Jeremiah A. Alt, MD, PhD
Figure 1: Representation of cilia in the upper respiratory system.
In order for the mucus produced in the sinuses to reach the throat, the cilia throughout the sinonasal cavity are “programmed” to beat in a very specific direction. Each sinus has an ostium (opening) that the cilia carry the mucus towards and through into defined anatomical areas within the sinonasal cavity (see sinus anatomy). The middle meatus is located lateral to the middle turbinate and accepts drainage from the frontal, maxillary, and the anterior ethmoid sinuses. Posteriorly, the superior meatus is below the superior turbinate, which accepts drainage from the posterior ethmoid sinuses. The drainage continues medially into the sphenoethmoidal recess, which also accepts drainage from the sphenoid sinus and ends up in the nasopharynx or the upper part of the throat and subsequently swallowed.
Cilia continuously beat to drive the debris-laden mucus from the airways. Ciliated cells have multiple sensors that allow the cell to respond to locally produced mediators and/or certain cues, such as changes in mucus thickness and mucus loads to make their cilia increase the speed at which they beat. By increasing the speed at which they beat, the cilia can generate more force and thus continue to clear the heavier mucus, or clear normal mucus at a faster rate. Conversely, when mucociliary clearance is inhibited or slowed there may be an increased incidence of rhinosinusitis, as seen in patients with cystic fibrosis (see cystic fibrosis).
While the ciliated cells respond to environmental cues, environmental insults can also affect cilia function in a detrimental manner. Many microbes that attack the airways produce toxins that rapidly alter cilia movement. Paralyzing the cilia stops the movement of mucus and optimizes the conditions for infection. Infection perpetuates a local inflammatory response and it is becoming clear that even the inflammatory molecules our bodies produce to fight infection also have detrimental effects on cilia function thereby worsening the insult and further hindering mucus clearance. The combination of microbes and inflammation over a relatively short period can lead to loss of cilia (Figure 2).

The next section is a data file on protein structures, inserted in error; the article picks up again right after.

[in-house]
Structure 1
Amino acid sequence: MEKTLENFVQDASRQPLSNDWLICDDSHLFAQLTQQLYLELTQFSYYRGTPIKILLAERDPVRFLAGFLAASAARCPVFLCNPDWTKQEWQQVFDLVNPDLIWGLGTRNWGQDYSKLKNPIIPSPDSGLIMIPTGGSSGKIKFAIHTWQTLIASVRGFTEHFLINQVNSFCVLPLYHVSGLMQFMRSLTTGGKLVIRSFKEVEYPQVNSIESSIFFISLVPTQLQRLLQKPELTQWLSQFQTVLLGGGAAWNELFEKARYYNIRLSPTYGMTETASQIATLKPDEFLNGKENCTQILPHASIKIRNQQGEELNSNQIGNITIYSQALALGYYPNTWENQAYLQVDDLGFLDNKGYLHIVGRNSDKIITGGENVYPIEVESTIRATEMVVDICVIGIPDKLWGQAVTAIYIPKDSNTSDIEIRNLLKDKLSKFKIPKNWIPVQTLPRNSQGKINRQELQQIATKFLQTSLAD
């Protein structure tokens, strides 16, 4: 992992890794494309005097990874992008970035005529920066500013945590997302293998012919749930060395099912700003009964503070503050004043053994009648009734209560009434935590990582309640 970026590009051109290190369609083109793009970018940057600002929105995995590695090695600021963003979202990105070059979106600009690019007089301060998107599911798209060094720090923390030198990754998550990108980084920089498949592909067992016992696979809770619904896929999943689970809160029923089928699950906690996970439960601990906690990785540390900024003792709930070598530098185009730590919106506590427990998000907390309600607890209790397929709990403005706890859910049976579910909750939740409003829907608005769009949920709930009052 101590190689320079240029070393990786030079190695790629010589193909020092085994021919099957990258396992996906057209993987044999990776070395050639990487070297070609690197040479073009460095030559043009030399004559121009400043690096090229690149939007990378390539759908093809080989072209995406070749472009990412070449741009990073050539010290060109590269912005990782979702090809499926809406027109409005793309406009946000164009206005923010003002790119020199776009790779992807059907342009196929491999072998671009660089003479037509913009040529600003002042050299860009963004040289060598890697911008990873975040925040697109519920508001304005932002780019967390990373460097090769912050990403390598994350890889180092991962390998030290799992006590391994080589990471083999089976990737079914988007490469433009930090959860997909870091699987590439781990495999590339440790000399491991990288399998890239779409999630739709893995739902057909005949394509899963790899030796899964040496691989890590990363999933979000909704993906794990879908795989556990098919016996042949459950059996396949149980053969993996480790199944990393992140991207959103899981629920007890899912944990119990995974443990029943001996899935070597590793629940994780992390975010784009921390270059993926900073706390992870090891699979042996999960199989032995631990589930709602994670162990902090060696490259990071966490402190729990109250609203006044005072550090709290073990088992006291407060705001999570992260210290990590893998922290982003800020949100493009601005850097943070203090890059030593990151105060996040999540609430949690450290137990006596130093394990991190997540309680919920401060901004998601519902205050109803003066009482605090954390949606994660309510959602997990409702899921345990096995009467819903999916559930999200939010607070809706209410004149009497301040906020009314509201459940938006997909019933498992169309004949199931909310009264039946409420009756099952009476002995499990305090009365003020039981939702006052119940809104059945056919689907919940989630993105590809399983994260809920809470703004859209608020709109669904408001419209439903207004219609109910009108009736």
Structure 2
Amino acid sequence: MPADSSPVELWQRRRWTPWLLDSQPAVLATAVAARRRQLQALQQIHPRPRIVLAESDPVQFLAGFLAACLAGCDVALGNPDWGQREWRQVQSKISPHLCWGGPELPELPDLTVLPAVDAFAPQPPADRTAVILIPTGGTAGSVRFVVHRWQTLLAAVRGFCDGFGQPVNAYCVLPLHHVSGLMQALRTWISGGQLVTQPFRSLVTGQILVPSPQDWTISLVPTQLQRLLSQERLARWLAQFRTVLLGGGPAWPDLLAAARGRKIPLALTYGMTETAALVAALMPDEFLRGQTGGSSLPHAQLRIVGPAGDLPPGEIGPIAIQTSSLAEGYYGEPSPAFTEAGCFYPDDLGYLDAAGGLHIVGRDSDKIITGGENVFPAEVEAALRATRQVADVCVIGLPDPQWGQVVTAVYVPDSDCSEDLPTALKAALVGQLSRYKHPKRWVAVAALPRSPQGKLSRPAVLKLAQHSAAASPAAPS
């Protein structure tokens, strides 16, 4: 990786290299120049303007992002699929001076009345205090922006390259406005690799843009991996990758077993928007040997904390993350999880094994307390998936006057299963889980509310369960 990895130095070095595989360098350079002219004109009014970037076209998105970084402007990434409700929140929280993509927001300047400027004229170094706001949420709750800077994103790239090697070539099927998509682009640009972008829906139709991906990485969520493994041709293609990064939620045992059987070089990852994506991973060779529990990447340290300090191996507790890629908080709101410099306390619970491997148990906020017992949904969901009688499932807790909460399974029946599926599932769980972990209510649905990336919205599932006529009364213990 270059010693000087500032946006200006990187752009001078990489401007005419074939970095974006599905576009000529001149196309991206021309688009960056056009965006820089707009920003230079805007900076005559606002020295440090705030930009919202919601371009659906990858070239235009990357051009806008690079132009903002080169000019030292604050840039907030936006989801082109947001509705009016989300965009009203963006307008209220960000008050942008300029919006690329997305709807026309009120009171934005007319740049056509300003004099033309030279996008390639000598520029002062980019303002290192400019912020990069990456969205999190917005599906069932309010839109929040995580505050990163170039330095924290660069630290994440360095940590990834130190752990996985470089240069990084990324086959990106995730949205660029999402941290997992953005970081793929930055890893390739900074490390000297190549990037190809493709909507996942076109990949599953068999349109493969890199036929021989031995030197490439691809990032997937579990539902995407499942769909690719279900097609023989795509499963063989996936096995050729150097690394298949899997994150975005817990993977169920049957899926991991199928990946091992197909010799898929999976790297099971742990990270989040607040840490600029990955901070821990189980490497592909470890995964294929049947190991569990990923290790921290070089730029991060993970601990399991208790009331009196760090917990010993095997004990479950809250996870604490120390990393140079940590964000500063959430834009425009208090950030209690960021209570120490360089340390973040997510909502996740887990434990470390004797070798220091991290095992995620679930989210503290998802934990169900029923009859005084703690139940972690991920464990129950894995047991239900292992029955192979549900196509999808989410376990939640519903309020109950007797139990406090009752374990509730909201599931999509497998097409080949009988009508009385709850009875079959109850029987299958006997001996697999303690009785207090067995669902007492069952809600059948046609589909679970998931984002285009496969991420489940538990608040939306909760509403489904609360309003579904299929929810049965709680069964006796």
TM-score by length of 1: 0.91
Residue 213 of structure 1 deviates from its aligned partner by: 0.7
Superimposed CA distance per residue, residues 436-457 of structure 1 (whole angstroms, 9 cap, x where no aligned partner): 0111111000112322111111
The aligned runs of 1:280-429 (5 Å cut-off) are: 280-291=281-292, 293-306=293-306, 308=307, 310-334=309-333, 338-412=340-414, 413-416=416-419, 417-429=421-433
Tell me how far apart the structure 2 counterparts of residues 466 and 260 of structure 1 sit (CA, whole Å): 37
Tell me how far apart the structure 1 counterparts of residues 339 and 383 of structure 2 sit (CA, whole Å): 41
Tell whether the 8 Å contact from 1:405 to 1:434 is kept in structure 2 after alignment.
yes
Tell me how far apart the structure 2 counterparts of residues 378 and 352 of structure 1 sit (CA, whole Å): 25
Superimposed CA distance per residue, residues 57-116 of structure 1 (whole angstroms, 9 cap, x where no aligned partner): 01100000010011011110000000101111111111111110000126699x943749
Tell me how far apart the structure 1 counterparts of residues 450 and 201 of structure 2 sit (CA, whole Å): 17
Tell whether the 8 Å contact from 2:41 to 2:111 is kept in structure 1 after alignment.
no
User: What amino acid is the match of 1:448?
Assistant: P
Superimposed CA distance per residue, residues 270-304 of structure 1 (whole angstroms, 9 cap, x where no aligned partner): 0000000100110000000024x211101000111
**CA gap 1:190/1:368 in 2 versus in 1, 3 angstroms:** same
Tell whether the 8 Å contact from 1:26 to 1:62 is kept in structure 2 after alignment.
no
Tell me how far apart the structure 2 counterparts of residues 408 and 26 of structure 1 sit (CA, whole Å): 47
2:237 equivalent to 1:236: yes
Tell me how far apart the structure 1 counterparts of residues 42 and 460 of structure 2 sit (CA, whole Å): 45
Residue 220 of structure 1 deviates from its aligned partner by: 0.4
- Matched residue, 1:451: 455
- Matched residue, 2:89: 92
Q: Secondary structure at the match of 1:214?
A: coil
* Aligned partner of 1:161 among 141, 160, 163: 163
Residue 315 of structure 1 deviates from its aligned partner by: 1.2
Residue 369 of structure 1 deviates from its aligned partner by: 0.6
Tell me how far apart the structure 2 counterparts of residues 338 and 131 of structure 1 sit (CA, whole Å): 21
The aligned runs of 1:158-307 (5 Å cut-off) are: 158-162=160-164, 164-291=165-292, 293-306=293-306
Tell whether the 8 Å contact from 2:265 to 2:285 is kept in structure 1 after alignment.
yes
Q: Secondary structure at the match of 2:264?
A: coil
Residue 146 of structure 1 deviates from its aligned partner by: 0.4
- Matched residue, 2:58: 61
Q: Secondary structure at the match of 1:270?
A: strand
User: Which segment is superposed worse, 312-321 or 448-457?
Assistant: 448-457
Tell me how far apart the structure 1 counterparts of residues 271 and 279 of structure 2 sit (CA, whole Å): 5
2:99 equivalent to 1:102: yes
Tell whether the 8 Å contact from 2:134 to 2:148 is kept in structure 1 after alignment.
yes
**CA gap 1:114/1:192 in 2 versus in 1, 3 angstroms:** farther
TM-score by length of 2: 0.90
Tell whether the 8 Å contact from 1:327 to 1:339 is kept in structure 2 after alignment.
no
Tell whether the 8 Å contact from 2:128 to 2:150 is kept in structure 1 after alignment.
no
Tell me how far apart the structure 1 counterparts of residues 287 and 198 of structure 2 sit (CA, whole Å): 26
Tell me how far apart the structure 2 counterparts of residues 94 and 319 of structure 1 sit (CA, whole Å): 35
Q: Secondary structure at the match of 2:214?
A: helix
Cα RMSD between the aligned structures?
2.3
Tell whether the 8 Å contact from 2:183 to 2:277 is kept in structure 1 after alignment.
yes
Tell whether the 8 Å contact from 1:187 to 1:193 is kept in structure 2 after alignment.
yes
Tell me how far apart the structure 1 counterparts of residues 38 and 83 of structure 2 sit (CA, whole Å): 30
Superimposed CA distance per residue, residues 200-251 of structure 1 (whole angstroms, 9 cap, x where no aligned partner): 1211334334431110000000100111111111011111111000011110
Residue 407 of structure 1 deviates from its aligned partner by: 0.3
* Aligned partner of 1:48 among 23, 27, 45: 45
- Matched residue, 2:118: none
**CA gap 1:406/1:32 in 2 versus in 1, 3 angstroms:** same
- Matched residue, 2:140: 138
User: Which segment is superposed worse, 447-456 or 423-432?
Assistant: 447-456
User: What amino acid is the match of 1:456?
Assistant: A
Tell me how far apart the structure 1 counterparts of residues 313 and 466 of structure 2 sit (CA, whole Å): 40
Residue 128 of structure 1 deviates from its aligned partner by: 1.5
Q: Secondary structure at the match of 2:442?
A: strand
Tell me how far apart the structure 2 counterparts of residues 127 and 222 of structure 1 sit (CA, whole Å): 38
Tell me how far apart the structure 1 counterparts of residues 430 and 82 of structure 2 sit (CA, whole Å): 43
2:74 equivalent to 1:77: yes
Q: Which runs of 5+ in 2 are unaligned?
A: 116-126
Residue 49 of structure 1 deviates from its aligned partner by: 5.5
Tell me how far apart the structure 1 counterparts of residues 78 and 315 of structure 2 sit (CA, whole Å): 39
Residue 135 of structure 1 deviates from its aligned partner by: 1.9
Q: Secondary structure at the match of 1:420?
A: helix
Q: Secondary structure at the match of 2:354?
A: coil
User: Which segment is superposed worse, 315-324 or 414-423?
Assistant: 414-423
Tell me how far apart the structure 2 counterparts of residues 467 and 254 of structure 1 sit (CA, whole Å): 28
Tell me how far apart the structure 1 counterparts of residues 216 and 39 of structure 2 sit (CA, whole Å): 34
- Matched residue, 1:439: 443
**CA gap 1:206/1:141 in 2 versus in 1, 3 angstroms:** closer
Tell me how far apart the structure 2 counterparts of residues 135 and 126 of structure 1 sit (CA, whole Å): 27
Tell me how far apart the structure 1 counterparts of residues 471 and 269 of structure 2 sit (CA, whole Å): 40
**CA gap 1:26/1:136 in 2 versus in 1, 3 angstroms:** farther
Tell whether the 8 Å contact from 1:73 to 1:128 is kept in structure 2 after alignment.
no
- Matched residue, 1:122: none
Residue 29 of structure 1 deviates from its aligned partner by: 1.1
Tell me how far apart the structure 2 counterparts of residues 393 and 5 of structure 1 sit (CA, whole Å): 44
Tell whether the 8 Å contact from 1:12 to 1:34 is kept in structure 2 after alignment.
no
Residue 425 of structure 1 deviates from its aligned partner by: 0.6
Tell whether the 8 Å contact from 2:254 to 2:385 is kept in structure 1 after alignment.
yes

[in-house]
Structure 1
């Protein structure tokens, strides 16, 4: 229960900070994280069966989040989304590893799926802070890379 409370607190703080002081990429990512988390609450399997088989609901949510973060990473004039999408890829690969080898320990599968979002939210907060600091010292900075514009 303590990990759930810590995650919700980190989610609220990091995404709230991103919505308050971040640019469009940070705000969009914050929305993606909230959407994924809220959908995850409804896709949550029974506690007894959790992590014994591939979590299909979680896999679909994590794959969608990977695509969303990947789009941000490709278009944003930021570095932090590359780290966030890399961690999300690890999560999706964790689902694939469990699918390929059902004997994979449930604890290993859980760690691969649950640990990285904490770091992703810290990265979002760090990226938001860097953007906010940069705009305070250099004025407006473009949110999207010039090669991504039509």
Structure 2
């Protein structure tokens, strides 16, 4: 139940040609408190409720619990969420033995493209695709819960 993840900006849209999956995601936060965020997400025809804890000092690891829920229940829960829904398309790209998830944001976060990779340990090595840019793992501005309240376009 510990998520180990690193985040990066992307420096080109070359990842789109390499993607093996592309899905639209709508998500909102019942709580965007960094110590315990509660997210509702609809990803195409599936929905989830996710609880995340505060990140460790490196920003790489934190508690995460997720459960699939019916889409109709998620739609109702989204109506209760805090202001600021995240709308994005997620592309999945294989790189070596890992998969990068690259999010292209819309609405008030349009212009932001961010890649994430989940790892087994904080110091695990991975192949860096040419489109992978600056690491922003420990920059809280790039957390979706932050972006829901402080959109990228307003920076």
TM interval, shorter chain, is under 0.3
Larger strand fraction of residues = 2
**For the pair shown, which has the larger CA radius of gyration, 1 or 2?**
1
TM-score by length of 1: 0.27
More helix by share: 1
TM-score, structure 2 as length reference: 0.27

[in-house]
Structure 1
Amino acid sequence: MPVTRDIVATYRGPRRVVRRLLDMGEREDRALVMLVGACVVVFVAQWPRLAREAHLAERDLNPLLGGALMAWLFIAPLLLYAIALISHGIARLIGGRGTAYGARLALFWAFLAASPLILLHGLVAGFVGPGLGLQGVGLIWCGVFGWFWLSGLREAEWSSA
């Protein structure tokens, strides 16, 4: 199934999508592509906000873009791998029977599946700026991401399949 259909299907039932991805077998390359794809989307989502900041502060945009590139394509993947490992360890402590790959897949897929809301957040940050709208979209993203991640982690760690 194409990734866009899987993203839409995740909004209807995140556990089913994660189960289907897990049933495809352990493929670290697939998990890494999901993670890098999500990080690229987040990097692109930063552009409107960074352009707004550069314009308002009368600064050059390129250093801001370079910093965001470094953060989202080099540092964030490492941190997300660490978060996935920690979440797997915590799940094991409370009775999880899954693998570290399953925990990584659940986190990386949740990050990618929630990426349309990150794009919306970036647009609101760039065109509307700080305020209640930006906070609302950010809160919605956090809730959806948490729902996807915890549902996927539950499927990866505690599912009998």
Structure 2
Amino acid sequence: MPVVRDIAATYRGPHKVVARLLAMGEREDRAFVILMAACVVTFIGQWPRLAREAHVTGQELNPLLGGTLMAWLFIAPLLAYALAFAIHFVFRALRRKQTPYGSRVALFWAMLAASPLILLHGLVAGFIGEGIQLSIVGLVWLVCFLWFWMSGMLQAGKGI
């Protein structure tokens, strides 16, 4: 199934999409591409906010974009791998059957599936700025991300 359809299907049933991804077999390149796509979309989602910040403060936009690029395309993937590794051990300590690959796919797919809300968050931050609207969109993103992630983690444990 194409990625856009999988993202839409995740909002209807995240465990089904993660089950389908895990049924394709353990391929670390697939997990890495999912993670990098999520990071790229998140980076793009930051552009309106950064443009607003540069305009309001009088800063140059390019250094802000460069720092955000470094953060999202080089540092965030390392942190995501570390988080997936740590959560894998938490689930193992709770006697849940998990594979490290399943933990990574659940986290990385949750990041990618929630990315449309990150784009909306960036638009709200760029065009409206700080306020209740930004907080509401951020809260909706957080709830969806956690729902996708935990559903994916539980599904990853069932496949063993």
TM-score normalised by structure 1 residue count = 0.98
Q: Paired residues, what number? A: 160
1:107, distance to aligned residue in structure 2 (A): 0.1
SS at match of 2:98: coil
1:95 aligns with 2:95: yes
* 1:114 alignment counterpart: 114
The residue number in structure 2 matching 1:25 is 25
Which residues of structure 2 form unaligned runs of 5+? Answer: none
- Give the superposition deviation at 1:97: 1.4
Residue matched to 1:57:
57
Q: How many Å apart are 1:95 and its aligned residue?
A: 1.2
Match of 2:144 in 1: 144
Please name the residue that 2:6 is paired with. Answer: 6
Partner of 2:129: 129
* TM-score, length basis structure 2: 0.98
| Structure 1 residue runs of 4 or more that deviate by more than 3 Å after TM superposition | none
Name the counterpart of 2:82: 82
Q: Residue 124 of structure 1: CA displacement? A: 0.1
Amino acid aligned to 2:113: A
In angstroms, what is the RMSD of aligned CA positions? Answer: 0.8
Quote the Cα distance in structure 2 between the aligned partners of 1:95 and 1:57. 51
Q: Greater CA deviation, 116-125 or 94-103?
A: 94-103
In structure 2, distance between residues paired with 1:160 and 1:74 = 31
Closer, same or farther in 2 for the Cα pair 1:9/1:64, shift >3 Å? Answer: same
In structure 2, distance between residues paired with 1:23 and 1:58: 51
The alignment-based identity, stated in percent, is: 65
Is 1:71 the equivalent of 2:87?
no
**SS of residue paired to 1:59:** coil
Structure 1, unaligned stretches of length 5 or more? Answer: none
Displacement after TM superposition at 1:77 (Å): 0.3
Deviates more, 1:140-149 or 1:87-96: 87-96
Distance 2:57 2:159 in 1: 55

Figure 2: Note the extensive loss of cilia.
The upper respiratory system needs a mechanism by which it can detect and initiate an appropriate response to microbes. Bitter taste receptors (T2Rs), identified in the cilia of sinonasal epithelial cells, are an emerging receptor class that may be contributing to this mechanism via recognition and removal of microbes. For example activation of one specific T2R, T2R38, by molecules secreted by gram-negative (a particular type of) bacteria, stimulates the ciliated cells to produce nitric oxide, which in turn increases mucociliary clearance and directly diffuses into the mucus where it kills bacteria. Furthermore, genetic variability of T2R38 may explain why certain individuals are more susceptible to developing gram-negative infections and inflammation. Additional T2Rs are expressed throughout the respiratory epithelium but the role of these T2Rs have yet to be identified.
This combination of microbial and inflammatory products is often found in the upper airway of patients with chronic rhinosinusitis. The good news is that if the microbes can be removed and the inflammation controlled, the cilia can regrow and resume proper movement of mucus.
Why certain individuals can easily recover from an upper respiratory infection without developing chronic rhinosinusitis while others seem to always progress to a lengthy course is not completely understood. What we do know is this: when it comes to the development of chronic rhinosinusitis many factors including anatomic variations, microbial exposure, as well as an individual’s inflammatory response play a role. Novel approaches are being developed to help combat sinonasal infection, improve removal of mucus, accelerate sinus healing, and control the inflammation.
An understanding of the physiology of the nose is critical to understand nasal symptoms and diseases that can develop in the nose and sinuses, which are described further under the tabs conditions and treatments.
©American Rhinologic Society